Cancer-specific survival (CSS) for each of 28 identified genetic or transcriptomic biomarkers was assessed in 350 ccRCC patients. ITH was interrogated in a multiregion biopsy data set of 10 ccRCCs.
Outcome measurements and statistical analysis
Biomarker association with CSS was analysed by univariate and multivariate analyses.
Results and limitations
A total of 17 of 28 biomarkers (TP53 mutations; amplifications of chromosomes 8q, 12, 20q11.21q13.32, and 20 and deletions of 4p, 9p, 9p21.3p24.1, and 22q; low EDNRB and TSPAN7 expression and six gene expression signatures) were validated as predictors of poor CSS in univariate analysis. Tumour stage and the ccB expression signature were the only independent predictors in multivariate analysis. ITH of the ccB signature was identified in 8 of 10 tumours. Several genetic alterations that were significant in univariate analysis were enriched, and chromosomal instability indices were increased in samples expressing the ccB signature. The study may be underpowered to validate low-prevalence biomarkers.
The ccB signature was the only independent prognostic biomarker. Enrichment of multiple poor prognosis genetic alterations in ccB samples indicated that several events may be required to establish this aggressive phenotype, catalysed in some tumours by chromosomal instability. Multiregion assessment may improve the precision of this biomarker.
European Urology 07/2014; 66(5). DOI:10.1016/j.eururo.2014.06.053 · 13.94 Impact Factor
Available from: sciencedirect.com
- "Patients harbouring tumours with methylated APAF1, another apoptotic marker, had a greater risk of recurrence and disease-specific death from RCC  . Increased survivin expression, another inhibitor of apoptosis, has also been independently associated with higher stage and grade and lower disease-specific survival from RCC    . A recent study showed that mTOR activation of pS6K increases protein levels of survivin, which blocks extrinsic and intrinsic apoptotic pathways, showing the role of mTOR in cell survival . "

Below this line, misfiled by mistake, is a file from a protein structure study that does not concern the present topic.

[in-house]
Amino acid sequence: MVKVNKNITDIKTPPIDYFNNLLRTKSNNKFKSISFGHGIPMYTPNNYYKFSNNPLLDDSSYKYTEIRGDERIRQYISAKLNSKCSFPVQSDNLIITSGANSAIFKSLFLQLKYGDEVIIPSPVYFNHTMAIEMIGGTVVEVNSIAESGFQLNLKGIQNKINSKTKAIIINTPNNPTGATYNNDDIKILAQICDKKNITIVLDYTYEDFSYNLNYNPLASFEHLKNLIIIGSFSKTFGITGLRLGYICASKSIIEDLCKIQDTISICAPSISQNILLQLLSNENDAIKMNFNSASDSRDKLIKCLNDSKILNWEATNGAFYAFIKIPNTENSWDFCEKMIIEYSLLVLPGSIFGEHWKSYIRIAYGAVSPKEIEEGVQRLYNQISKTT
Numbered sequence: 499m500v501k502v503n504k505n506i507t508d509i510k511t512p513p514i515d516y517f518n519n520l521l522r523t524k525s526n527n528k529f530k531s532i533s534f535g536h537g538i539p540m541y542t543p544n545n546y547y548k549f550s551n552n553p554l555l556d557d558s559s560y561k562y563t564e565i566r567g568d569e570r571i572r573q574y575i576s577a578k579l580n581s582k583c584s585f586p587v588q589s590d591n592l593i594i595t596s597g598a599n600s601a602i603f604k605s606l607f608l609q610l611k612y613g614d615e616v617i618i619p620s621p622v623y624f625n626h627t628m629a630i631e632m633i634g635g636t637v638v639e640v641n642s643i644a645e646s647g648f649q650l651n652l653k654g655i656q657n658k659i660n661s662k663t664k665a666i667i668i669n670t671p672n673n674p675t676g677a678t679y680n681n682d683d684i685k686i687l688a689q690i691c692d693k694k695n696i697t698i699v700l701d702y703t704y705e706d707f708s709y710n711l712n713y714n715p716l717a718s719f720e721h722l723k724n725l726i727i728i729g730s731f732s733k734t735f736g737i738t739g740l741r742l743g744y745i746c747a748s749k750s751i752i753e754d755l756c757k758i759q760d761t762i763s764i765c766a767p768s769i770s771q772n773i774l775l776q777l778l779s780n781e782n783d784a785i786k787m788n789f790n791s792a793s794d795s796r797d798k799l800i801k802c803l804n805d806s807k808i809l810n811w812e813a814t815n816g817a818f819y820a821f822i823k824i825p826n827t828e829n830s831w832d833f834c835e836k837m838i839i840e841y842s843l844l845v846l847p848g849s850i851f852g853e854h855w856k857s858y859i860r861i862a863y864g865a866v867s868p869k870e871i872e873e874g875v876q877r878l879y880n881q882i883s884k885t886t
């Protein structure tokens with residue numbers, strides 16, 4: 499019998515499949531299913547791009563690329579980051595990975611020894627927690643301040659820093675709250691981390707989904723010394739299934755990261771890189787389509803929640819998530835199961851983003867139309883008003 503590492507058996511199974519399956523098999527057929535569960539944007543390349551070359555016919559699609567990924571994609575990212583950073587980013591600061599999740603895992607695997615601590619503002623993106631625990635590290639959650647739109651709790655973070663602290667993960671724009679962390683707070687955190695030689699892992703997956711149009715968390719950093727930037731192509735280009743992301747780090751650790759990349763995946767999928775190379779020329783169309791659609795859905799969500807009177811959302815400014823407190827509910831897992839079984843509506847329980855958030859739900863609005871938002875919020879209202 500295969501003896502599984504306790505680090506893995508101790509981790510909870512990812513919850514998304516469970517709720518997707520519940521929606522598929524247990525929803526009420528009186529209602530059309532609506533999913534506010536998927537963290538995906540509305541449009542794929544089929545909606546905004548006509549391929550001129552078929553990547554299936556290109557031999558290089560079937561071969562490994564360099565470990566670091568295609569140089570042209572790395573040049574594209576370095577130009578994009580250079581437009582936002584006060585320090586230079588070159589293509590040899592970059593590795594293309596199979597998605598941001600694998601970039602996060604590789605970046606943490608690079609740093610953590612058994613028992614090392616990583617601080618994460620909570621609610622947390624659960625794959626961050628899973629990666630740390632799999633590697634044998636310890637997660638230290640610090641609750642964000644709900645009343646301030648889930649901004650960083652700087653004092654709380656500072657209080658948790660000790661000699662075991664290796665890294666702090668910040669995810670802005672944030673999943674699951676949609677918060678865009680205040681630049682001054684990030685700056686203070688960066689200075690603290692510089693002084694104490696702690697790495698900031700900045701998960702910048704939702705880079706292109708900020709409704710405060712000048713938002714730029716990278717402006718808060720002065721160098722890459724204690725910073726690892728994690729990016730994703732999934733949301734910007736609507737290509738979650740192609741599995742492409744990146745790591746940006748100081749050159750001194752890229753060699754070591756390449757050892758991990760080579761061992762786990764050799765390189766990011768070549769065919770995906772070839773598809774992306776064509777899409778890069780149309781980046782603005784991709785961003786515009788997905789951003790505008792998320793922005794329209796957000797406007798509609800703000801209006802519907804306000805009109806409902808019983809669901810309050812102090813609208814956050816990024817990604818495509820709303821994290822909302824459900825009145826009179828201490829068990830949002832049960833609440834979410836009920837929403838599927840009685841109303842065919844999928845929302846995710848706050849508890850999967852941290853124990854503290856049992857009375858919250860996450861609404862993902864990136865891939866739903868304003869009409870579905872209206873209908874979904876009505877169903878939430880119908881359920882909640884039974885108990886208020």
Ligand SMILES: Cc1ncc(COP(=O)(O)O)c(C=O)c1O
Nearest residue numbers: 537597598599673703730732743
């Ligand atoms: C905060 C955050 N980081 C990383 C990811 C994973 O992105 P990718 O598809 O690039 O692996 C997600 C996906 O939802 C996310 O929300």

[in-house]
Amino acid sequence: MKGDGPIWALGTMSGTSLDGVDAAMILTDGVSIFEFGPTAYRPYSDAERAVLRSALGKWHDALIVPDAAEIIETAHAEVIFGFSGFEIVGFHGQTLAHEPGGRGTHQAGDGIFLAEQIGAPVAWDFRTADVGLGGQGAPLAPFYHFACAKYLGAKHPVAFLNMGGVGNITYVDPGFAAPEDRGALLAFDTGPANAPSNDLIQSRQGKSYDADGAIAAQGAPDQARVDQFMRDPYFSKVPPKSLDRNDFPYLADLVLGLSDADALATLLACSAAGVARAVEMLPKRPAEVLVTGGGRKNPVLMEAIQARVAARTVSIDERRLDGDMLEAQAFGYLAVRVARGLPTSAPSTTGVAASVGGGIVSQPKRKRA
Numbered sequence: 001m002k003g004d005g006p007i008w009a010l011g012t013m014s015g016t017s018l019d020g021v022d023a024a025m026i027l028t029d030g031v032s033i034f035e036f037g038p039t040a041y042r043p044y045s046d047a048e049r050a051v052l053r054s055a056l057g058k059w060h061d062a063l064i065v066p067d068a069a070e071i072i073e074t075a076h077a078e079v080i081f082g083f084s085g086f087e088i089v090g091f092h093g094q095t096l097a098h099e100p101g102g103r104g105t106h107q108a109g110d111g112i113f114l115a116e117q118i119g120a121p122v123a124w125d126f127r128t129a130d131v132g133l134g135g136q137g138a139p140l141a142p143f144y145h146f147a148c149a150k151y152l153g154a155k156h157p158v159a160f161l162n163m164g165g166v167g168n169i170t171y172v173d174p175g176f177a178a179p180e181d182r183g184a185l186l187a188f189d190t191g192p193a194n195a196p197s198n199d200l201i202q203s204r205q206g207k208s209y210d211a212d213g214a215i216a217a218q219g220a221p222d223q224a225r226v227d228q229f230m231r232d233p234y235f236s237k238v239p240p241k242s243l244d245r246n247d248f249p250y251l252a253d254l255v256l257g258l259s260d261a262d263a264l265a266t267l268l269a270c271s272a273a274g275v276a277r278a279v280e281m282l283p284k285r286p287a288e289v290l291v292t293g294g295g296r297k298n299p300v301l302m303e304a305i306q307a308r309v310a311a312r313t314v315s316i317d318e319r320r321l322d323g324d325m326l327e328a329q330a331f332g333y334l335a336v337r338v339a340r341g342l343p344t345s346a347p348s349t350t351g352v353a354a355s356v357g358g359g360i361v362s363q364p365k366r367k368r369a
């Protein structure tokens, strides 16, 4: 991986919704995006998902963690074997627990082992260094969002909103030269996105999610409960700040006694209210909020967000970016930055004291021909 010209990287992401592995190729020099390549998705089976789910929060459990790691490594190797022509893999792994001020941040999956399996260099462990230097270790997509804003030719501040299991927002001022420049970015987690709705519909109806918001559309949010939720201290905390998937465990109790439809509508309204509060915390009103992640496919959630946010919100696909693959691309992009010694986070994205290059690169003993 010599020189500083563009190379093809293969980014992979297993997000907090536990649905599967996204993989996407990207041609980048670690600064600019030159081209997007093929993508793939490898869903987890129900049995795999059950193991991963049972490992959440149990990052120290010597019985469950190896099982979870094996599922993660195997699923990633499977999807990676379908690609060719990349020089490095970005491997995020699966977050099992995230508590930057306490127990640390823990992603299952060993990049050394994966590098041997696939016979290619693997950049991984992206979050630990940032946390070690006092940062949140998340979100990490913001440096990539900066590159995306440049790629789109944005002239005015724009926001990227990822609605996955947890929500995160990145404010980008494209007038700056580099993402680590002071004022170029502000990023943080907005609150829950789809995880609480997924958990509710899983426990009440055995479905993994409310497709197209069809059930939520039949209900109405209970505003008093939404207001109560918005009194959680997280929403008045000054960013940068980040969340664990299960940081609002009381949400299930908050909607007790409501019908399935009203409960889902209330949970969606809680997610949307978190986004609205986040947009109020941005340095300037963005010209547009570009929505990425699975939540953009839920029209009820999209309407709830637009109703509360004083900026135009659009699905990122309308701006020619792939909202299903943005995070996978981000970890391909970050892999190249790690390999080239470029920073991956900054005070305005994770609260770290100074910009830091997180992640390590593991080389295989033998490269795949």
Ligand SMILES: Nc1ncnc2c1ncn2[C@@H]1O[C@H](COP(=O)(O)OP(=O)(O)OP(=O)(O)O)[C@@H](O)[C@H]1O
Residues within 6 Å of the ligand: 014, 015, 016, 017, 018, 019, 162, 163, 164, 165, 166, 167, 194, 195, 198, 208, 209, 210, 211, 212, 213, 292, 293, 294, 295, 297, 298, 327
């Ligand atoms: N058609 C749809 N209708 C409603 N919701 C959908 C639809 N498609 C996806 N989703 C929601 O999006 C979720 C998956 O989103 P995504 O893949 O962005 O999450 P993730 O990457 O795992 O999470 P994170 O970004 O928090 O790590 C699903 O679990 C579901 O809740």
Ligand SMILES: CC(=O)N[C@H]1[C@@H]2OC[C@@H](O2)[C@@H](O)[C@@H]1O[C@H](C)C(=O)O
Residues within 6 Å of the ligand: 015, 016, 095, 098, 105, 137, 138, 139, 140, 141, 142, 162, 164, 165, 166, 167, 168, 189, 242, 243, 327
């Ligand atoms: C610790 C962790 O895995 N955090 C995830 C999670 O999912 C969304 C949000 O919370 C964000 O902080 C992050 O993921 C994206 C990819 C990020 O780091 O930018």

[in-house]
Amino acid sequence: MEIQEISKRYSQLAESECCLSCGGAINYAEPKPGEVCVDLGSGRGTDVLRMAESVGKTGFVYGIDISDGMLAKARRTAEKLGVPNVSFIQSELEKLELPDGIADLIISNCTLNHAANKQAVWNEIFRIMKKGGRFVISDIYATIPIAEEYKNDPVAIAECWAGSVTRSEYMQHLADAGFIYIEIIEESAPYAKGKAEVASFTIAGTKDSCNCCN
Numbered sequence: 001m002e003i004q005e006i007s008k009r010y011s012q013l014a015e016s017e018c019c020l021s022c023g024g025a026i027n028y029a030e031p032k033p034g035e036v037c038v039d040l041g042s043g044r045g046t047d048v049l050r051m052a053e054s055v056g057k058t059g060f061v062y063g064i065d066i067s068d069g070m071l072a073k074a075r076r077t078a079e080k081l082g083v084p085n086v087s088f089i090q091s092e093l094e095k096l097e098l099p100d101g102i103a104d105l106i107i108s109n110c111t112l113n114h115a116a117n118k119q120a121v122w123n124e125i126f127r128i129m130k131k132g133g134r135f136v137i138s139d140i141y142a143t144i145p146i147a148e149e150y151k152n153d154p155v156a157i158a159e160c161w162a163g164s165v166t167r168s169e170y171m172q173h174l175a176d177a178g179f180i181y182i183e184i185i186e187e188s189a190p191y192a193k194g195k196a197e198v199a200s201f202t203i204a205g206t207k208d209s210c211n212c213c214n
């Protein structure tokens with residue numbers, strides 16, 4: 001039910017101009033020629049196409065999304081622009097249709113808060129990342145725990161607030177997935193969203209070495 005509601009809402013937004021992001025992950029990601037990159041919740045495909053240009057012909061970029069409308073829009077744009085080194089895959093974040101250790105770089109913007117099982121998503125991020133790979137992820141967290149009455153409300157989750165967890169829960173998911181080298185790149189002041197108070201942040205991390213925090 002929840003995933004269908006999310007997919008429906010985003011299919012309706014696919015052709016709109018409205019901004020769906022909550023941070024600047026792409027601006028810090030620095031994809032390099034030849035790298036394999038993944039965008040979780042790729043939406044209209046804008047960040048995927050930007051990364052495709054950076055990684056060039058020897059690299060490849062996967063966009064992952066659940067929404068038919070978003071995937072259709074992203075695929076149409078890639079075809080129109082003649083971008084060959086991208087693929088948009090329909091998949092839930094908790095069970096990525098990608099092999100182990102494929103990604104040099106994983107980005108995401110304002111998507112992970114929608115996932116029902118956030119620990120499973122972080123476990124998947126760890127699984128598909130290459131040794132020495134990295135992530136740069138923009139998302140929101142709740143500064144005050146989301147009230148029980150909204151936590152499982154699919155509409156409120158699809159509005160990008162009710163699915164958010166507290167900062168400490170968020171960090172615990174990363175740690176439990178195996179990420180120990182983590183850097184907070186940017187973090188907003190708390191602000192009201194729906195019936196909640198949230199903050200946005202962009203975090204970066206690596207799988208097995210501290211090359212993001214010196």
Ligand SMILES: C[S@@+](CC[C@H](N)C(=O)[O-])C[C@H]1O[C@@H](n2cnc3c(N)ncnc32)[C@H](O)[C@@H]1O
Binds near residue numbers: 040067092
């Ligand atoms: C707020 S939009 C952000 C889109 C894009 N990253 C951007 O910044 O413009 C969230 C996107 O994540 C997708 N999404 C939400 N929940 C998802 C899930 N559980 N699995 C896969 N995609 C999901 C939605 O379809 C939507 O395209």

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Increased knowledge about the molecular pathways involved in tumorigenesis has led to the discovery of new prognostic molecular markers and development of novel targeted therapies for renal cell carcinoma (RCC). In this review we describe the prognostic markers of RCC and highlight the areas of recent discovery with a focus on the mammalian target of rapamycin (mTOR) pathway.Methods
We reviewed previous reports, using PubMed with the search terms ‘renal cell carcinoma’, ‘molecular markers’, ‘prognosis’, ‘outcomes’ and ‘mammalian target of rapamycin pathway’ published in the last two decades. We created a library of 100 references and focused on presenting the recent advances in the field.ResultsGrowing evidence suggests that mTOR deregulation is associated with many types of human cancer, including RCC. Consequently, temsirolimus and everolimus, which target mTOR, are approved for treating advanced RCC. There is a demand to integrate clinical, pathological and molecular markers into accurate prognostic models to provide patients with the most personalised cancer care possible.Conclusions